restrictive in duration. Emergency, in order to justify the delegation of emergency powers,
"must be temporary or it can not be said to be an emergency." It is to be presumed that
Commonwealth Act No. 671 was approved with this limitation in view. The opposite theory
would make the law repugnant to the Constitution, and is contrary to the principle that the
legislature is deemed to have full knowledge of the constitutional scope of its powers.

- The assertion that new legislation is needed to repeal the act would not be in harmony with
the Constitution either. If a new and different law were necessary to terminate the delegation,
the period for the delegation would be unlimited, indefinite, negative and uncertain; that which
was intended to meet a temporary emergency may become permanent law; for Congress might
not enact the repeal, and even if it would, the repeal might not meet with the approval of the
President, and the Congress might not be able to override the veto. Furthermore, this would
create the anomaly that, while Congress might delegate its powers by simple majority, it might
not be able to recall them except by a two-third vote. In other words, it would be easier for
Congress to delegate its powers than to take them back. This is not right and is not, and ought
not to be, the law.

- Section 4 of Act No. 671 stipulates that "the rules and regulations promulgated thereunder
shall be in full force and effect until the Congress of the Philippines shall otherwise provide."
The silence of the law regarding the repeal of the authority itself, in the face of the express
provision for the repeal of the rules and regulations issued in pursuance of it, a clear
manifestation of the belief held by the National Assembly that there was no necessity to
provide for the former. It would be strange if having no idea about the time the Emergency
Powers Act was to be effective the National Assembly failed to make a provision for its
termination in the same way that it did for the termination of the effects, and incidents of the
delegation. There would be no point in repealing or annulling the rules and regulations
promulgated under a law if the law itself was to remain in force, since, in that case, the
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President could not only make new rules and regulations but he could restore the ones already
annulled by the legislature.

- More anomalous than the exercise of legislative functions by the Executive when Congress is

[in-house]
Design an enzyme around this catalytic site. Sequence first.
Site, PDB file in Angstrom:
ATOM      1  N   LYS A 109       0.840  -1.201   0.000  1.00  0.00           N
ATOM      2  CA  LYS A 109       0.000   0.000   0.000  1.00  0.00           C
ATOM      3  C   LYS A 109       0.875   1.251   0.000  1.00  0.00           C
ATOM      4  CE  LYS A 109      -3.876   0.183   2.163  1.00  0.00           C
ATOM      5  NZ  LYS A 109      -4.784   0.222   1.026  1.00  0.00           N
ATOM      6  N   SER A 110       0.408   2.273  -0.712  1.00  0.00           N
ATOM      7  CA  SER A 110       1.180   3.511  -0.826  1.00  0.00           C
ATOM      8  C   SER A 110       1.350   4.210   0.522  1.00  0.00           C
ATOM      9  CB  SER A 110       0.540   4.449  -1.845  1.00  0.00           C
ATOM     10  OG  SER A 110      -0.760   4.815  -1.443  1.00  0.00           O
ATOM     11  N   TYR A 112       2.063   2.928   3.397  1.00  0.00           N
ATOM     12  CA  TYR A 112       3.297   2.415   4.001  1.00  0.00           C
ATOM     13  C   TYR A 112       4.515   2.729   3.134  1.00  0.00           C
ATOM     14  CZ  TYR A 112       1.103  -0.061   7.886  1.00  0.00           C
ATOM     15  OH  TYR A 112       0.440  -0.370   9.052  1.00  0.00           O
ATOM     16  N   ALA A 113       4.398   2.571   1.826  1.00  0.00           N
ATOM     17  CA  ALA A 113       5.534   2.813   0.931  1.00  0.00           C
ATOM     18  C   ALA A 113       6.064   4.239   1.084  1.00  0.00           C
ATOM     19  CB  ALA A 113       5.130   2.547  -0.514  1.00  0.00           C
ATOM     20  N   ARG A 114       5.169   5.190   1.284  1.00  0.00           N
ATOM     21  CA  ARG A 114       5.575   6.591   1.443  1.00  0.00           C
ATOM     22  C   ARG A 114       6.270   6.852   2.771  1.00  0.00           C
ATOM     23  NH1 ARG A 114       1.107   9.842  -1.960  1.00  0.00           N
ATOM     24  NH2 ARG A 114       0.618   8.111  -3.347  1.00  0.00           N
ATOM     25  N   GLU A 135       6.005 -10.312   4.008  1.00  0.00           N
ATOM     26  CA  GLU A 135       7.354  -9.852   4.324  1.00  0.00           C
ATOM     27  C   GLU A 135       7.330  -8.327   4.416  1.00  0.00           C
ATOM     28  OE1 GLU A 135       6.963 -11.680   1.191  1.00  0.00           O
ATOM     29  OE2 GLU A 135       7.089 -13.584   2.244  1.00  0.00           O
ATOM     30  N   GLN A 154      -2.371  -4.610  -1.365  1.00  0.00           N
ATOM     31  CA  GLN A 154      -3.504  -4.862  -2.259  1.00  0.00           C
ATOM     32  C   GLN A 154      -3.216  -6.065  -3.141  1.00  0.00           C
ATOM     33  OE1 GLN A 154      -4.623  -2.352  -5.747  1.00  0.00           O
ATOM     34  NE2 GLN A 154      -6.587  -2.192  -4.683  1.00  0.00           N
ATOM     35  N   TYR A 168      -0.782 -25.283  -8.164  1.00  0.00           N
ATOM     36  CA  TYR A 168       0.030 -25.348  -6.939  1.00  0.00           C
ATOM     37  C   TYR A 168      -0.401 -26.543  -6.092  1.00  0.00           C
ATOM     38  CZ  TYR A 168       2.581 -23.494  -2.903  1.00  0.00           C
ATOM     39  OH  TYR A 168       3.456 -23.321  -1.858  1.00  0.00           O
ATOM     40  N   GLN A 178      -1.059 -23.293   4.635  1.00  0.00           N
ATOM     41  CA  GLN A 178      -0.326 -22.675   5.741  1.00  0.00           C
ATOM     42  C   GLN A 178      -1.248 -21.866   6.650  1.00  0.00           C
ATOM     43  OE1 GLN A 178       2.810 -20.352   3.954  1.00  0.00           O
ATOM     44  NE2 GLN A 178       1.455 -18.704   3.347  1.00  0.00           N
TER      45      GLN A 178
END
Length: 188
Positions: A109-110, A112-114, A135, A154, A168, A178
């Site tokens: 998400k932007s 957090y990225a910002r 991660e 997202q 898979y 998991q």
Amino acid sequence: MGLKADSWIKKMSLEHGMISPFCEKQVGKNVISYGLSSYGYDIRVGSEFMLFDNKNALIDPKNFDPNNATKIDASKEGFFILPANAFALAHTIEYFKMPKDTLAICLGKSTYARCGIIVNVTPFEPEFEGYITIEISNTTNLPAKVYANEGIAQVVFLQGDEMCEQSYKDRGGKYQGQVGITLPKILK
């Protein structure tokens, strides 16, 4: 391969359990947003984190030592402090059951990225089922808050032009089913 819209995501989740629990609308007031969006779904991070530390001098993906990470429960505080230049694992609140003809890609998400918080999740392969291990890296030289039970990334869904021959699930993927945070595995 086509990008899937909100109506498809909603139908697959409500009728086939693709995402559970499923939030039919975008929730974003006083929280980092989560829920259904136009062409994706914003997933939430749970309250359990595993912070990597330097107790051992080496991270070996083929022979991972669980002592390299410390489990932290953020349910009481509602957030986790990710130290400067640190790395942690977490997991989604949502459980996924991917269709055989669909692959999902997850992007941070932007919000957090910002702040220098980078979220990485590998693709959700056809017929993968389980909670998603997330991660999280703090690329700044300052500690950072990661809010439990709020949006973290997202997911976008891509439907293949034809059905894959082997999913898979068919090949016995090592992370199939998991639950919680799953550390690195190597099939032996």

in the unobstructed exercise of its authority is the fact that there would be two legislative
bodies operating over the same field, legislating concurrently and simultaneously, mutually
nullifying each other's actions. Even if the emergency powers of the President, as suggested, be
suspended while Congress was in session and be revived after each adjournment, the anomaly
would not be eliminated. Congress by a 2/3 vote could repeal executive orders promulgated by
the President during congressional recess, and the President in turn could treat in the same
manner, between sessions of Congress, laws enacted by the latter. In entire good faith, and
inspired only by the best interests of the country as they saw them, a former President
promulgated an executive order regulating house rentals after he had vetoed a bill on the
subject enacted by Congress, and the present Chief Executive issued an executive order on
export control after Congress had refused to approve the measure.

- Quite apart from these anomalies, there is good basis in the language of Act No. 671 for the
inference that the National Assembly restricted the life of the emergency powers of the
President to the time the Legislature was prevented from holding sessions due to enemy action
or other causes brought on by the war. Section 3 provides:
"The President of the Philippines shall as soon as practicable upon the convening of the
Congress of the Philippines report thereto all the rules and regulations promulgated by him
under the powers herein granted."

- The clear tenor of this provision is that there was to be only one meeting of Congress at which
the President was to give an account of his trusteeship. The section did not say each meeting,
which it could very well have said if that had been the intention. If the National Assembly did
not think that the report mentioned in section 3 was to be the first and last and did not think
that upon the convening of the first Congress Act No. 671 would lapse, what reason could there
be for its failure to provide in appropriate and clear terms for the filing of subsequent reports?
Such reports, if the President was expected to continue making laws in the form of rules,